The Royal Navy and Fishery Protection : From the Fourteenth Century to the Present Hardback
by Jon Wise
From the first recorded mention of British ships protecting of fishing vessels in the late fourteenth century through to recent controversies over the change in emphasis to border patrols and overseas deployments, the story of the Royal Navy's 'Cinderella Fleet' involves many dramatic incidents; until now, however, there has never been a book dedicated to the subject.
Naval historian Jon Wise's new work will rectify this omission. Historically there have been two main reasons why protecting fishing vessels was so important: first, fish have always constituted an essential part of the nation's diet while, secondly, fishermen have been an important source of skilled personnel for the Royal Navy itself.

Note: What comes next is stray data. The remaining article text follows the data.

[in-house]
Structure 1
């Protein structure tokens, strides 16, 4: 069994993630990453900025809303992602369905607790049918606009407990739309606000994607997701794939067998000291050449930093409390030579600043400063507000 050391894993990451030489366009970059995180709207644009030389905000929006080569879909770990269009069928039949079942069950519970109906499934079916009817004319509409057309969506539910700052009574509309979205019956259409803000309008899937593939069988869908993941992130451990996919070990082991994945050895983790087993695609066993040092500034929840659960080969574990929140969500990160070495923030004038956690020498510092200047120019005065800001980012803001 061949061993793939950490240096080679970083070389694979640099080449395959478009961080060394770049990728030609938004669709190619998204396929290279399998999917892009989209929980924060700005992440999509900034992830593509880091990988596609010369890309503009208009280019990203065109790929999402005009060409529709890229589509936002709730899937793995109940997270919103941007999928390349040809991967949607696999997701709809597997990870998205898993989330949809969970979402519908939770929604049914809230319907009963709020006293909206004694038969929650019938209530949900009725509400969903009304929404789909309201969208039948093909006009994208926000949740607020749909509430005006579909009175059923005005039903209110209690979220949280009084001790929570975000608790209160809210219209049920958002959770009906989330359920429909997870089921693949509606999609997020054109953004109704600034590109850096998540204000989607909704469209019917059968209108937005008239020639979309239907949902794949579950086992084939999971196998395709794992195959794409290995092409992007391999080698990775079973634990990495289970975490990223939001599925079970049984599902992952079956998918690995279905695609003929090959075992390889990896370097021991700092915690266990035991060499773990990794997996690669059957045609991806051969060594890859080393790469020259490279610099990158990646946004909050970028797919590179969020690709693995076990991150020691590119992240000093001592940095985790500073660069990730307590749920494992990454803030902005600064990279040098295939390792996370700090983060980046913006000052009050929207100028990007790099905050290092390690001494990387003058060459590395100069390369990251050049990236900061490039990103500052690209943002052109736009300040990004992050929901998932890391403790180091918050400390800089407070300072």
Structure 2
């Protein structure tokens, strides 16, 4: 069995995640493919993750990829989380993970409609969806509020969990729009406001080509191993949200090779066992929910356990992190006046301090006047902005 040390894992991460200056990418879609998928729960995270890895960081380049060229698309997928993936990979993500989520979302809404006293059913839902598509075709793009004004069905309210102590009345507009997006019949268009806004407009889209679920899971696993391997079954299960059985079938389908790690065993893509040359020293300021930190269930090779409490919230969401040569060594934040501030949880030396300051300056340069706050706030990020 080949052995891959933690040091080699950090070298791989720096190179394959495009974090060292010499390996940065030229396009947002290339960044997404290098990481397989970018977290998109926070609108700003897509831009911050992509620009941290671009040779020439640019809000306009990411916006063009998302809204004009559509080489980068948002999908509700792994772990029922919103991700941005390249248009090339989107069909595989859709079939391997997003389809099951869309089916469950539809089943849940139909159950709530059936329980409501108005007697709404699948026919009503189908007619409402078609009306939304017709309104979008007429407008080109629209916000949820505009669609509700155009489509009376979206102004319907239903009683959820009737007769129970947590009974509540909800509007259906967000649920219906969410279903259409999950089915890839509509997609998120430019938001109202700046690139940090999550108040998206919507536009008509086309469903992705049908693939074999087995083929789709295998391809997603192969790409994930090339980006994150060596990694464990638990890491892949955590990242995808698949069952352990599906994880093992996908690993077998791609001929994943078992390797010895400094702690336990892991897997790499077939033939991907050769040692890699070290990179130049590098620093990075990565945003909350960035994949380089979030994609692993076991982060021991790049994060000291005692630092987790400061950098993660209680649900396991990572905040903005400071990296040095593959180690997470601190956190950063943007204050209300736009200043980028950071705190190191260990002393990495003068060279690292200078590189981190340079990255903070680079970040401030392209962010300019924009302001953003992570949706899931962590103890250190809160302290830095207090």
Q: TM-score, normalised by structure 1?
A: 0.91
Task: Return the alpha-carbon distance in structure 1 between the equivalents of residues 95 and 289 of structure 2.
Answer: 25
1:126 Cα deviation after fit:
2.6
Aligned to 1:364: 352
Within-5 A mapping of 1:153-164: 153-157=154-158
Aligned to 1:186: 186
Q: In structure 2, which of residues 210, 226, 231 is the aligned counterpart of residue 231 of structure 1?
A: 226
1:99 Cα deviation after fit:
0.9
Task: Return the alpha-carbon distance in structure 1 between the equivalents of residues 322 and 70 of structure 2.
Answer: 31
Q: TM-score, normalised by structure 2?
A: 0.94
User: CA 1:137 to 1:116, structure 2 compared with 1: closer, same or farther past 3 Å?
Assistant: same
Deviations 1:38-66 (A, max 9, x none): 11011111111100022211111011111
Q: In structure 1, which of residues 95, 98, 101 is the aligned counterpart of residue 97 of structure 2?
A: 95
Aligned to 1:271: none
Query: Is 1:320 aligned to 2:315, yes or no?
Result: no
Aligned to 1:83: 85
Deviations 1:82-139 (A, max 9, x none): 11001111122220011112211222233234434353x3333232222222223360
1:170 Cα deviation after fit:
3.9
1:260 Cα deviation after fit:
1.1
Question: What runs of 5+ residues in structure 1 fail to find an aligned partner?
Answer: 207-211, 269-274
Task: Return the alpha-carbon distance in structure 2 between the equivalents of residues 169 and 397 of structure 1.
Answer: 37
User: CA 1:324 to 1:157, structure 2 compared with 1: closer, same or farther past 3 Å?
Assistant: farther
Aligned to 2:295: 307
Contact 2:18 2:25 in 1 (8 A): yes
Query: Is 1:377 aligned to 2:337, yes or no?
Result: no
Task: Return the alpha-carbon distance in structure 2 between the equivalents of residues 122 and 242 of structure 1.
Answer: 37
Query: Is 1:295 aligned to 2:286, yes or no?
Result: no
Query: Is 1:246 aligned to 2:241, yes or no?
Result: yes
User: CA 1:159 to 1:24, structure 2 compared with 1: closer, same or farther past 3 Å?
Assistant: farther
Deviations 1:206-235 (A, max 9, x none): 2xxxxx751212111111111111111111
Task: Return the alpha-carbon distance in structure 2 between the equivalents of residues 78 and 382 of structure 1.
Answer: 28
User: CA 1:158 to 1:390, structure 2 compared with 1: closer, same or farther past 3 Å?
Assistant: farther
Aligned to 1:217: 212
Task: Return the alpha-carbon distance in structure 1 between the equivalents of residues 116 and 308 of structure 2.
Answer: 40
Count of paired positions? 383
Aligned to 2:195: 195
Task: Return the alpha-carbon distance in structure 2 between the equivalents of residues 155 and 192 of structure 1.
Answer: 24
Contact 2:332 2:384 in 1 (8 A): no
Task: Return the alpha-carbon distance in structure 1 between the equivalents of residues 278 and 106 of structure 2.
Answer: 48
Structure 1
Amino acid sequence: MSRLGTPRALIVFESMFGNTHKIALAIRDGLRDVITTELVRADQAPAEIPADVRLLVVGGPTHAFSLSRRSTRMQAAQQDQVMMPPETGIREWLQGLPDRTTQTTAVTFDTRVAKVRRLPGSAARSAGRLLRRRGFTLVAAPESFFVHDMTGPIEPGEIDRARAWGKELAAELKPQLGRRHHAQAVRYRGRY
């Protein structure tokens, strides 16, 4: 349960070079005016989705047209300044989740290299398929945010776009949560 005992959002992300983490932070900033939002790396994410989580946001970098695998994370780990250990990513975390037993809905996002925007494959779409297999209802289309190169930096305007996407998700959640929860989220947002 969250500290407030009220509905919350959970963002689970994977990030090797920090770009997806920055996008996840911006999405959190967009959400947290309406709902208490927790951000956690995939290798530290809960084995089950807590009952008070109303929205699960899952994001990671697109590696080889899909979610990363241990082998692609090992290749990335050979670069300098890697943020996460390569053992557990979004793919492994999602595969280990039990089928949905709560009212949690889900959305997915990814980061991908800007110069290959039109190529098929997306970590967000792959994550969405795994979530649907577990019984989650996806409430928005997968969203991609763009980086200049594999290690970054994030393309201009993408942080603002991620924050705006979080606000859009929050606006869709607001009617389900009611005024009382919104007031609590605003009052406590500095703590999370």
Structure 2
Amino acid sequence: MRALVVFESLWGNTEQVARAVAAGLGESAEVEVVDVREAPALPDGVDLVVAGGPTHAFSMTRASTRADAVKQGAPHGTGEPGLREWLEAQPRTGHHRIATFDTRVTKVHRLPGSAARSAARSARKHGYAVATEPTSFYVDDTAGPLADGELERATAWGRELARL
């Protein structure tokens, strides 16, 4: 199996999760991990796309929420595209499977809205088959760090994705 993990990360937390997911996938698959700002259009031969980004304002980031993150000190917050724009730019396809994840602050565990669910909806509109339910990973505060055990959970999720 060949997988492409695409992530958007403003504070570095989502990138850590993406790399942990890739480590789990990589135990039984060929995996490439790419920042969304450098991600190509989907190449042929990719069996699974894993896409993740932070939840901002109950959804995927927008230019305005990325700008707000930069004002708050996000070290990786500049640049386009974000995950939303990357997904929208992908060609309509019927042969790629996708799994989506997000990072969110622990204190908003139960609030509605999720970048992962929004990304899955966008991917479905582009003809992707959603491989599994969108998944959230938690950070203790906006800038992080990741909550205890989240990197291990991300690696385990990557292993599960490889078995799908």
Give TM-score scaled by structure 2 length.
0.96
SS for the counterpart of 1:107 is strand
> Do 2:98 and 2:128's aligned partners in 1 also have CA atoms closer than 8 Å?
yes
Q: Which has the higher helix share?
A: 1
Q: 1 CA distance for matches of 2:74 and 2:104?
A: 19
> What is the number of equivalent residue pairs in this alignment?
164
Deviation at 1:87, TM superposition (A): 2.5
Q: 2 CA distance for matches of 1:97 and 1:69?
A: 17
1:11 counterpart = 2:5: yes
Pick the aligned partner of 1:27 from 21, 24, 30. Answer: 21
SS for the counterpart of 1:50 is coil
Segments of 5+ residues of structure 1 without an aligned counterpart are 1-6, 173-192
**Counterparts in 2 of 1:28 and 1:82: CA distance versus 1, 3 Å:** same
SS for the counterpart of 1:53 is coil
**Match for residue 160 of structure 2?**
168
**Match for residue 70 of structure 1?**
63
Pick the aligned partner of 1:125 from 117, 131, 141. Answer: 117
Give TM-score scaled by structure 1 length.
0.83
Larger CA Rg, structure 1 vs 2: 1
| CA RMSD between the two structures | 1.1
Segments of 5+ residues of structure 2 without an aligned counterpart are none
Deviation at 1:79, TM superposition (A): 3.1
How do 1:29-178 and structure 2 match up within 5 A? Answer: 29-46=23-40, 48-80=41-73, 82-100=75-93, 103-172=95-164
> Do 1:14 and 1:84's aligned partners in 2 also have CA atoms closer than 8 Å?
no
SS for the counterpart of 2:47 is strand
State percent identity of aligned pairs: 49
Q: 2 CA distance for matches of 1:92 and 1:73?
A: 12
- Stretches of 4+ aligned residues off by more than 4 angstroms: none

It is claimed that the Fishery Protection Squadron (FPS) is the oldest in the fleet, pre-dating the formal creation of the Navy itself in the early part of the sixteenth century, yet it still remains comparatively little-known.
The Squadron's most famous operations were the 'Cod Wars' of 1958-76, but for six centuries it has been engaged in the many important tasks of protection and policing of fishing fleets, though more recently it has turned its attention to patrolling oil and gas fields, overseeing quotas and sustainability, and policing the ongoing disagreements over who can fish where and when. The author covers subjects as diverse as the battles with the Dutch for dominance in the North Sea, the protection of fishing on the eastern seaboard of America, and the role of the Squadron in the two World Wars.
Containing many first-hand accounts, this thought-provoking narrative will be of particular interest to all those RN personnel who have served in the Squadron, and is set to become the definitive account of this vital but often unsung component of Britain's naval forces, and its impact on national life.